LONDON — As a denizen of North London lo’ these past five and a half years, I’ve had my fair share of celebrity sightings. I’ve caught a glimpse of chef Boy Wonder Jamie Oliver as he entered a local bookstore. I’ve exchanged a few pleasantries with actress Helena Bonham Carter. I’ve even locked eyes with comedian Ricky Gervais at the hair dresser’s.

Author George R.R. Martin appears at a book signing for "A Dance with Dragons" at Barnes & Noble in New York, July 14, 2011. HBO's "Game of Thrones," is based on Martin's epic fantasy novels (Charles Sykes/Associated Press)

But by far the most exciting celebrity encounter to date was this week, when I attended a Q and A with author George R.R. Martin.

Martin — or GRRM as he’s known to fans — is the writer of the best-selling fantasy series, A Song of Ice and Fire, on which the hugely popular HBO television series, Game of Thrones, is based. If you haven’t read the books — and you really should — they are famous for their unbelievably graphic and realistic depiction of medieval life, replete with internecine power struggles between warring clans, routine war crimes of the most vicious sort and, yes, quite a bit of sex. The net effect, as many have observed, is a good deal closer to history than fantasy.

I myself am not normally a fantasy reader. I came to these books via my 11 year-old son who, like many fans, literally counted down the nights until last summer’s release of the fifth volume in the series — A Dance With Dragons . (Yeah, I know. Please don’t ask. He was 4,000 pages in before I realized that the books might not be appropriate.) But at my son’s insistence, I immersed myself in Martin’s Kingdom of Westeros and its more than 1,000 characters and have never looked back. So when I saw that Martin would be giving a talk at a local University theatre, I ran to get us some tickets.

He did not disappoint. Although with his large frame, billowing white beard and signature black engineer’s cap and suspendered trousers, GRRM looks at bit like Sir Topham Hatt’s long-lost Marxist cousin, the author proved to be remarkably thoughtful, lucid and entertaining.

He acknowledged that because of the curious way that his brain works, he’s far more likely to remember the name of the “maester” in some third-order castle within the books than someone he had a beer with just two days earlier. (I guess you’d need this skill if you’re going to create a fictional universe on the scale that Martin has achieved.)

He also revealed — to the surprise of many in the audience like me, who are less familiar with the man than with his works – that he is actually a pacifist. Martin was a conscientious objector during the Vietnam War and his hero, he said, was Woodrow Wilson who dreamed of launching a “war to end all wars.” This pacifism is only surprising given the particularly grisly nature of Martin’s writing about war and its often horrific and tragic consequences. Many of his characters seem almost to delight in the act of war. (It’s no secret that many of them also suffer early and gruesome deaths.)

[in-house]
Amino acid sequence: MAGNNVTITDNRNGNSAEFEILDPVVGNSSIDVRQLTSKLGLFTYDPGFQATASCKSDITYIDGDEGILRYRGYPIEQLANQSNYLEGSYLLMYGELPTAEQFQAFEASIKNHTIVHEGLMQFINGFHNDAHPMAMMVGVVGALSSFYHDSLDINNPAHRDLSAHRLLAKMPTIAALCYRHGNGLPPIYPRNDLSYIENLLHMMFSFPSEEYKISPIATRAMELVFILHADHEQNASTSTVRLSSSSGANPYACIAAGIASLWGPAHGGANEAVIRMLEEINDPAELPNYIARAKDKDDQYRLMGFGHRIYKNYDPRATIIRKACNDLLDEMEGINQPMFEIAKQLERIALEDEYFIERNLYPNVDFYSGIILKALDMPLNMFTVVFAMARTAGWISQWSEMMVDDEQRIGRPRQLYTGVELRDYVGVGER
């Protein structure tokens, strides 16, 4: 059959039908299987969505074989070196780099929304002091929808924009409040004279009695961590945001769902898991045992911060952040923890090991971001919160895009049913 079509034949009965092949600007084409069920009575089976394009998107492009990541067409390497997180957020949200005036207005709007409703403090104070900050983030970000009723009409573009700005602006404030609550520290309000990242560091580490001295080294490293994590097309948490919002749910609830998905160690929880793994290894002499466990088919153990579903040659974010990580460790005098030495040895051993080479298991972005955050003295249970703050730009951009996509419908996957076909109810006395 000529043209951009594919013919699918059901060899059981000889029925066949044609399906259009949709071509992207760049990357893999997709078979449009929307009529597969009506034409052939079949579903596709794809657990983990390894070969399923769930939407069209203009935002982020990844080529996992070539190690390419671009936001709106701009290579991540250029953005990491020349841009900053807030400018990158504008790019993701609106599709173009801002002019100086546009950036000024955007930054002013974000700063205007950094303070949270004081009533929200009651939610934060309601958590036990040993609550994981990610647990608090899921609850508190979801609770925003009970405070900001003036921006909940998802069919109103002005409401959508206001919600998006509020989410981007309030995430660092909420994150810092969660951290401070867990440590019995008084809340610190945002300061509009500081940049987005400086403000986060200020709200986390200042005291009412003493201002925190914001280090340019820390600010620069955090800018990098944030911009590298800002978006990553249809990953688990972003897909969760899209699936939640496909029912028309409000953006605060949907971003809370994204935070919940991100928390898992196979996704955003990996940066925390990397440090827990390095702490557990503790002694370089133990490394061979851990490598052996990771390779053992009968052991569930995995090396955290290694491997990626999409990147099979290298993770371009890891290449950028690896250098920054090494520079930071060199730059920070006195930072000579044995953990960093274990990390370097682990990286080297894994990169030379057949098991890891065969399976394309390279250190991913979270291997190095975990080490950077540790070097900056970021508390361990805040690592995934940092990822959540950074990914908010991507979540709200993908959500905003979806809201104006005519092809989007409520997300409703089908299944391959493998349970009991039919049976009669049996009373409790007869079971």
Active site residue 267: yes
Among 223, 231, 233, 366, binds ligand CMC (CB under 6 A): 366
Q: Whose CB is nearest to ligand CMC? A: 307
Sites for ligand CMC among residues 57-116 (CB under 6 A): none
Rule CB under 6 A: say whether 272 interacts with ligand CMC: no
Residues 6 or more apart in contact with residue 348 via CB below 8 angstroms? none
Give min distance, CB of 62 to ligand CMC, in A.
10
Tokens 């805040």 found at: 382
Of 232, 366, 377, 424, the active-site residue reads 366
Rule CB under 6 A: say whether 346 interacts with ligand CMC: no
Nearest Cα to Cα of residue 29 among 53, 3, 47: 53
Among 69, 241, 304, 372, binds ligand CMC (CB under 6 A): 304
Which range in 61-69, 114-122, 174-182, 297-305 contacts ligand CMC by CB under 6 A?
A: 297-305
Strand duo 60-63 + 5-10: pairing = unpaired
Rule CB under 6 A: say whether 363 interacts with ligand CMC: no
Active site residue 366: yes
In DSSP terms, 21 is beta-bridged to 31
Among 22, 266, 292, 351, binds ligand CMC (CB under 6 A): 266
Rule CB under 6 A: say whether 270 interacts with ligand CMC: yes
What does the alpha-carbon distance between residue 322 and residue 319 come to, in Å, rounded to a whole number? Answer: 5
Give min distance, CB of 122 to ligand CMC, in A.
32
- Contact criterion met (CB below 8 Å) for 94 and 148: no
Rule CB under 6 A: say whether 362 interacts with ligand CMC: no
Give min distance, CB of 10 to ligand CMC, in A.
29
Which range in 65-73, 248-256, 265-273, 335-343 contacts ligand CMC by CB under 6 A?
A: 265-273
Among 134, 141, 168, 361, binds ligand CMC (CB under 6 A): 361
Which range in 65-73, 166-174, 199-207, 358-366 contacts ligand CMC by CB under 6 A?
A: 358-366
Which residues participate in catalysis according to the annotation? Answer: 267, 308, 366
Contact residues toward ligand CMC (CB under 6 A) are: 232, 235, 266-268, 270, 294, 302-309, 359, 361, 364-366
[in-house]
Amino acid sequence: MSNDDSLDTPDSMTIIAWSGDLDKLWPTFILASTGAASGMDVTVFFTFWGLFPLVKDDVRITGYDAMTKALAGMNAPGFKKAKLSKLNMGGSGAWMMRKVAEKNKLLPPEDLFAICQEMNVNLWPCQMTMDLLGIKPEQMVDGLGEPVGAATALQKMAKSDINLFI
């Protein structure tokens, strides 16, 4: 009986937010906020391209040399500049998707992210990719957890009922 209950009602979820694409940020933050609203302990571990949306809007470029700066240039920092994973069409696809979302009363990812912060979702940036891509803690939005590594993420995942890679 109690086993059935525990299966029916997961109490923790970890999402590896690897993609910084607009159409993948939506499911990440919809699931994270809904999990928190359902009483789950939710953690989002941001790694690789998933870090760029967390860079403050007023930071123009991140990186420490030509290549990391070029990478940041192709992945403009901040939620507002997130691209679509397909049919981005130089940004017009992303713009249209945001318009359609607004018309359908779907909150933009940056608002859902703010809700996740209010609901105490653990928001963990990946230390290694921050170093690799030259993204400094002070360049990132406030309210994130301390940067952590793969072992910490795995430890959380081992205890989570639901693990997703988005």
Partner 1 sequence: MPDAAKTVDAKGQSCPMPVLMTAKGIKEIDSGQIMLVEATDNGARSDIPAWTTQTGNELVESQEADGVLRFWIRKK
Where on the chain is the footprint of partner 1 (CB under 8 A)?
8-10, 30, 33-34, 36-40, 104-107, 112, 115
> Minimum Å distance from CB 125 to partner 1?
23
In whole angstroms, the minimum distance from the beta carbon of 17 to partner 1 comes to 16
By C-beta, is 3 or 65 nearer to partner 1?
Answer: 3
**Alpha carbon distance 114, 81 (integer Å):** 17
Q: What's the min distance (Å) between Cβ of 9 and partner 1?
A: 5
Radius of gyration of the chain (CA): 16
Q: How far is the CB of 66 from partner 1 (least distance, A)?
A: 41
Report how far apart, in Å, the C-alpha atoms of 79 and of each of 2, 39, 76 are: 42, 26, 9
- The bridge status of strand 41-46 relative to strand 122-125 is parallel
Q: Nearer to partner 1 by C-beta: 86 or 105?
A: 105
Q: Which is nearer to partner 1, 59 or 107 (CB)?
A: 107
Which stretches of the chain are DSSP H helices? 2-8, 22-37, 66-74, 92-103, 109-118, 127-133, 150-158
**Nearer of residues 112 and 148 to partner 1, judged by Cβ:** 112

Martin was quite upfront about the challenges of having to write from so many different points of view. (The first book takes the perspective of roughly a dozen central characters, which he then builds on and adds to with each subsequent novel.) Of the “imp” Tyrion Lannister, for example, who is known for his intelligence, cunning, and compassion in equal measure — Martin observed that Tyrion is “a lot wittier than I am. He comes up with all these clever things to say right in the moment,” while it takes Martin days to think them up.

 He further noted that the reason he is able to write from the point of view of all sorts of characters – be they dwarfs, children born out of wedlock, or rapists — is that at the end of the day, they are all people, who have fears and desires and moments of joy just like the rest of us. (Though when asked why he is so good at writing teen-age girls, Martin did flash a naughty grin, saying: “I’m trying really hard not to respond to that question the way Tyrion Lannister would.”)

The last question came from an Internet fan who asked which part of the Kingdom of Westeros Martin would like to live in himself. He placed his head in his hands as if giving it some real thought, and then looked up at the audience and answered: “Dorne. It’s warm there. And they’ve got hot, spicy food. And hot, spicy women.” Pause. “Then again, you could always bring a hot tub to Winterfell.”

And just like that, we were all right there with him...

Delia Lloyd, a former correspondent for Politics Daily, is an American journalist based in London. She blogs about adulthood at and you can follow her on Twitter @realdelia .